Chart 4: Change in the proportion with mobility limitations by age and gender between 1995 and 2005


Note: Computed from 1995 and 2005 NSSC.

Life expectancy alone is no longer a sufficient indicator of population health as people are living longer but not necessarily in good health.

Conclusion

Although Singaporeans are living longer, we are also living more years with diseases, disability, and mobility limitations. The oldest–old (80+) and women fare worse than men.

Similar findings are also found in other countries, e.g. Japan and the United States in the 1990s (Crimmins, Hayward and Saito 1996; Chan, Zimmer and Saito 2011). The similarities point to the fact that although we have succeeded in preventing death from potentially lethal chronic diseases, we have not delayed the onset of these diseases hence more time is spent in ill health or with disability as life expectancy increases.

Ageing policies need to take on a gendered perspective in order to meet the differing needs of older male and female Singaporeans.

By 2030, there will be a significant increase in the number of oldest-old Singaporeans, and majority will be women. Our study findings point towards the need for policy-makers, healthcare providers and experts to consider the following:

  1. Greater impetus for preventive/promotion health strategies to be instituted across the life course. Poor health at younger ages will accumulate into significant health problems in later life. Health promotion strategies targeting the younger population that focus on these key chronic conditions will be a step towards ensuring better health at older ages.
  2. Gendered approach on health policies. There are significant differences in health care needs between older men and women. While women outlive men, they also tend to spend proportionately more years with chronic diseases (e.g. hypertension), impairments and disabilities. Men are more susceptible to life threatening diseases (e.g. heart attack, strokes). Therefore, ageing policies need to take on a gendered perspective to meet the differing needs of older men and women.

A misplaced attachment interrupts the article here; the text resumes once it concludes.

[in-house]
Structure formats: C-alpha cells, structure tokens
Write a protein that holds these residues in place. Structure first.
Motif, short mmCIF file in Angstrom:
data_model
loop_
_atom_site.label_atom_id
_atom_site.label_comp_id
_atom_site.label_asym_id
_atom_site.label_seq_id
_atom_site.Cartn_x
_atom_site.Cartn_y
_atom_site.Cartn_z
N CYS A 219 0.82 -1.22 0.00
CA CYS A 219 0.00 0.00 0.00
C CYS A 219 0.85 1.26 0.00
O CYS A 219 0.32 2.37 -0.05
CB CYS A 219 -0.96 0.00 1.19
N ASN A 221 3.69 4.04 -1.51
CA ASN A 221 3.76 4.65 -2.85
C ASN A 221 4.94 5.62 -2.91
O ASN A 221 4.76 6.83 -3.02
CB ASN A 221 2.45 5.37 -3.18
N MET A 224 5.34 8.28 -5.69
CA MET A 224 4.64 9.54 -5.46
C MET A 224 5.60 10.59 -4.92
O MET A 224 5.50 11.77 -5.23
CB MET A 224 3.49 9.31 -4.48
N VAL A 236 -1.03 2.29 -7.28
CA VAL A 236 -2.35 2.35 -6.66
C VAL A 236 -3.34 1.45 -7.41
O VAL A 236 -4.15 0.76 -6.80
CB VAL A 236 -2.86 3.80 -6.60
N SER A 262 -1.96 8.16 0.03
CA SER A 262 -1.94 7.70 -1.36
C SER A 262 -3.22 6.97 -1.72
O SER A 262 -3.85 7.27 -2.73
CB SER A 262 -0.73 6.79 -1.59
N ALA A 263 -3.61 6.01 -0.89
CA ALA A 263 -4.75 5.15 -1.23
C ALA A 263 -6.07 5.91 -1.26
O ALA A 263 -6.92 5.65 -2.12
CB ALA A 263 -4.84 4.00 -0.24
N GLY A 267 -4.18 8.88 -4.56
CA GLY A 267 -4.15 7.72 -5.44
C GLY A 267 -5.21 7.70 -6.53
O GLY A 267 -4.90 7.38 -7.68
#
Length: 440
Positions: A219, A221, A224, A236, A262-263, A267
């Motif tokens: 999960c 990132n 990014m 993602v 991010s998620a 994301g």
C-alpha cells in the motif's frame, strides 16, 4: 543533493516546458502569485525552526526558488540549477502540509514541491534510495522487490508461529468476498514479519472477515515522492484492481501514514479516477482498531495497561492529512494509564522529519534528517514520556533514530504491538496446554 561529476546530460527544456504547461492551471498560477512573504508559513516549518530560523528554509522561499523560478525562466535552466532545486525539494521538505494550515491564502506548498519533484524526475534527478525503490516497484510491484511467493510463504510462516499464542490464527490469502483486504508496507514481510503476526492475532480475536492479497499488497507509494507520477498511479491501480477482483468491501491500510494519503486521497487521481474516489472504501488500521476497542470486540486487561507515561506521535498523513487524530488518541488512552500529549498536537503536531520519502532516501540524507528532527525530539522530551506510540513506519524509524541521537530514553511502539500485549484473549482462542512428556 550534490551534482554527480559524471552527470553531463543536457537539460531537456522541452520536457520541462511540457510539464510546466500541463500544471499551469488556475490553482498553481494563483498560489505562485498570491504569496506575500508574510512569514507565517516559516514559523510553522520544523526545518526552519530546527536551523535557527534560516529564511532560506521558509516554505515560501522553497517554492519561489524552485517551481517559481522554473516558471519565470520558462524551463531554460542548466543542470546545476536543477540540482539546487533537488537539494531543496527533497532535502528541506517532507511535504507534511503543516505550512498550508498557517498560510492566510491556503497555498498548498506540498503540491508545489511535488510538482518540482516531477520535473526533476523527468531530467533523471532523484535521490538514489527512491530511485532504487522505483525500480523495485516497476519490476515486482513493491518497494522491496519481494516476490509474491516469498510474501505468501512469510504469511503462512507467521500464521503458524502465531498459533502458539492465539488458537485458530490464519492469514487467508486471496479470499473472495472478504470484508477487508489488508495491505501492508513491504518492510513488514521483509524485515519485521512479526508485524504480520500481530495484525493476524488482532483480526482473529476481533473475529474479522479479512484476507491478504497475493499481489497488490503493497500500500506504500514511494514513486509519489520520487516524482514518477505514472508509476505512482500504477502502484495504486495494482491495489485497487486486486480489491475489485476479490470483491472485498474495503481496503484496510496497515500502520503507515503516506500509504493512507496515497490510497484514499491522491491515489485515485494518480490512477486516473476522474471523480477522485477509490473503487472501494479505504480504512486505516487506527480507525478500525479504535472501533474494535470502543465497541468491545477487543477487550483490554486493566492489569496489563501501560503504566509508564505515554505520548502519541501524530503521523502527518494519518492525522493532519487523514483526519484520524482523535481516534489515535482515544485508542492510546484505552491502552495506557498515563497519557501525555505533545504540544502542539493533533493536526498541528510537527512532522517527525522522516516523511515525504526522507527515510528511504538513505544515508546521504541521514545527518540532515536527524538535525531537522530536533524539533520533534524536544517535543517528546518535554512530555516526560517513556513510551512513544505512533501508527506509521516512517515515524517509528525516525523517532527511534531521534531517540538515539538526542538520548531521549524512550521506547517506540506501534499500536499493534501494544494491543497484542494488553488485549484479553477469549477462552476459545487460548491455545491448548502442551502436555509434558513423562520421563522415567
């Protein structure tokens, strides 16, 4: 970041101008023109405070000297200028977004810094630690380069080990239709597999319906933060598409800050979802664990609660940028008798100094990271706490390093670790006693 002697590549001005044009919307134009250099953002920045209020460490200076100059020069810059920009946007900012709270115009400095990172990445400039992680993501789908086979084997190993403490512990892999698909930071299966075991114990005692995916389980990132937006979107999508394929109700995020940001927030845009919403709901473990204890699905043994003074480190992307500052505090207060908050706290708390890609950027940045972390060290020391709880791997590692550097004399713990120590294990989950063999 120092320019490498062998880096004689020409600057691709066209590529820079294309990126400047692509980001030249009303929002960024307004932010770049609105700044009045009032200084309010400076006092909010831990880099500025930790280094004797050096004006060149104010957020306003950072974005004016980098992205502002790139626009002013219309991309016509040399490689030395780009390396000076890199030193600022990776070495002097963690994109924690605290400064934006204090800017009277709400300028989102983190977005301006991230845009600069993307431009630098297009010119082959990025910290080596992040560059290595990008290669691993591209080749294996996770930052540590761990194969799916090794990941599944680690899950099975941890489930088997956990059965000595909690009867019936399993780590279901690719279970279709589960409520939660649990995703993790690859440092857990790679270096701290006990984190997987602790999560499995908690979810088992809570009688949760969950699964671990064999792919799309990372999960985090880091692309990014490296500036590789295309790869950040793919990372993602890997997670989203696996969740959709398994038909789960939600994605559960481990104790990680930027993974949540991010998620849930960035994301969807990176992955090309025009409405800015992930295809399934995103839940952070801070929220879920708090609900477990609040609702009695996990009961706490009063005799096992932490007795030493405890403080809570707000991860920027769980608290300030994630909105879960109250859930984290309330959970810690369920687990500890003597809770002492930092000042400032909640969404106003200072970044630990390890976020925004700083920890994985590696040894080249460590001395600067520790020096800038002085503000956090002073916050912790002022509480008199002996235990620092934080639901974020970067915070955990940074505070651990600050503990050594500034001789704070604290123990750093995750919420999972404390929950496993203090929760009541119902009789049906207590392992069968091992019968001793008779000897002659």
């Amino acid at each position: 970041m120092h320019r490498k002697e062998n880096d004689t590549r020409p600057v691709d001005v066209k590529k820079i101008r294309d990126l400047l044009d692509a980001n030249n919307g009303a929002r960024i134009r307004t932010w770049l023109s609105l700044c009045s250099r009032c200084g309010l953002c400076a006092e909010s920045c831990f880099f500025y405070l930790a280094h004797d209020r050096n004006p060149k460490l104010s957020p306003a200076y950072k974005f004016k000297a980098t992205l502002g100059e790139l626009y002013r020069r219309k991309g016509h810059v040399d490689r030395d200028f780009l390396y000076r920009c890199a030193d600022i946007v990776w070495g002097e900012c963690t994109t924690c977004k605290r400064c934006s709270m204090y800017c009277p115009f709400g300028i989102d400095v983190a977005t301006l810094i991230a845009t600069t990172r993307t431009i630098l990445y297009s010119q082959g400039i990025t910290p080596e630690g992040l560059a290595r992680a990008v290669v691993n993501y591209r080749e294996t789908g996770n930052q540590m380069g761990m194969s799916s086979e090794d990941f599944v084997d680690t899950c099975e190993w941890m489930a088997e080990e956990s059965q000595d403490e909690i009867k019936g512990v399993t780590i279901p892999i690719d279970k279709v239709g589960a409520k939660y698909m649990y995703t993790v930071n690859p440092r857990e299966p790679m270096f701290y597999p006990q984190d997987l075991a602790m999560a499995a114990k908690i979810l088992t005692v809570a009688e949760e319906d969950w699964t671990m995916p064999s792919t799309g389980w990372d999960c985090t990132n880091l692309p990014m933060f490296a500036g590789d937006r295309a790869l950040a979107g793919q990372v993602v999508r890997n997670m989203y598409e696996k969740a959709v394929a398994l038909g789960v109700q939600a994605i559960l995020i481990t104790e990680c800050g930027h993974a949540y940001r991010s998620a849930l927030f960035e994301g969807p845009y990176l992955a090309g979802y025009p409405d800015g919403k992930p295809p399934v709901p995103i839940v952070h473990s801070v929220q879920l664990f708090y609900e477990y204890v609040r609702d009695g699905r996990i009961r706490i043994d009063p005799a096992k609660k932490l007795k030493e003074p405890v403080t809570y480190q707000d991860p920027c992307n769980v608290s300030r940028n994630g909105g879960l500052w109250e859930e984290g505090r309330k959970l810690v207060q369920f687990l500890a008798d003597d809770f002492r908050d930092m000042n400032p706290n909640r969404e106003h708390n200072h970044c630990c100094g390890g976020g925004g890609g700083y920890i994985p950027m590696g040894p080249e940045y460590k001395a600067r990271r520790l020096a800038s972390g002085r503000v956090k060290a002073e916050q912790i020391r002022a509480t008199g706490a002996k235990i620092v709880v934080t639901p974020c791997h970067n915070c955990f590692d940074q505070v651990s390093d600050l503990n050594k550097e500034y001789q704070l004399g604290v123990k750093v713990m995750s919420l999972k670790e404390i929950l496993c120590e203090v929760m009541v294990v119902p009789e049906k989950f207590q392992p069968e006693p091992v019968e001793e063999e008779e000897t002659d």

3. Enabling ageing in place; more senior-friendly community. The sharp increase in prevalence of mobility limitations calls for a need to look into developing and redesigning our infrastructures to enable seniors to move around with ease and age in place. Enhancing the provision of community care services will also relieve caregiving pressure from families. Singapore has already embarked on numerous pilots to test how community-based health care can be best enhanced and how urban environments can be best redesigned.

Families will play an increasingly important role in providing caregiving support so that seniors can age in the comfort of their own homes and in the company of their loved ones. To strengthen intergenerational bonds, our beliefs in Confucius values such as filial piety must be preserved and emphasised among the younger generations, whether in schools, at homes or in the community.

While it is good news that Singapore’s rapid economic progress, together with medical advancements and increased standards of living, has allowed Singaporeans to enjoy significant improvements in life expectancy, we should also strive towards increasing the healthy life expectancy of our seniors so that they can truly enjoy good quality of life during their silver years, as we have envisioned under the Action Plan for Successful Ageing. As a small country, Singapore has come a long way in achieving where we are today. I am confident that if everyone - self, government and community-at-large - put our minds to it, our seniors will do well in being the healthy active-agers that the world can learn from.

1 Yong, V., Y. Saito, and A. Chan. 2011. “Gender differences in health and health expectancies of older adults in Singapore: an examination of diseases, impairments and functinal disabilities.” Journal of Cross-Cultural Gerontology 26:189-203; Yong, V., Y. Saito, and A. Chan. 2010”Changes in the prevalence of mobility limitations and mobile life expectancy of older adults in Singapore, 1995-2005”. Journal of Aging and Health 22:120-140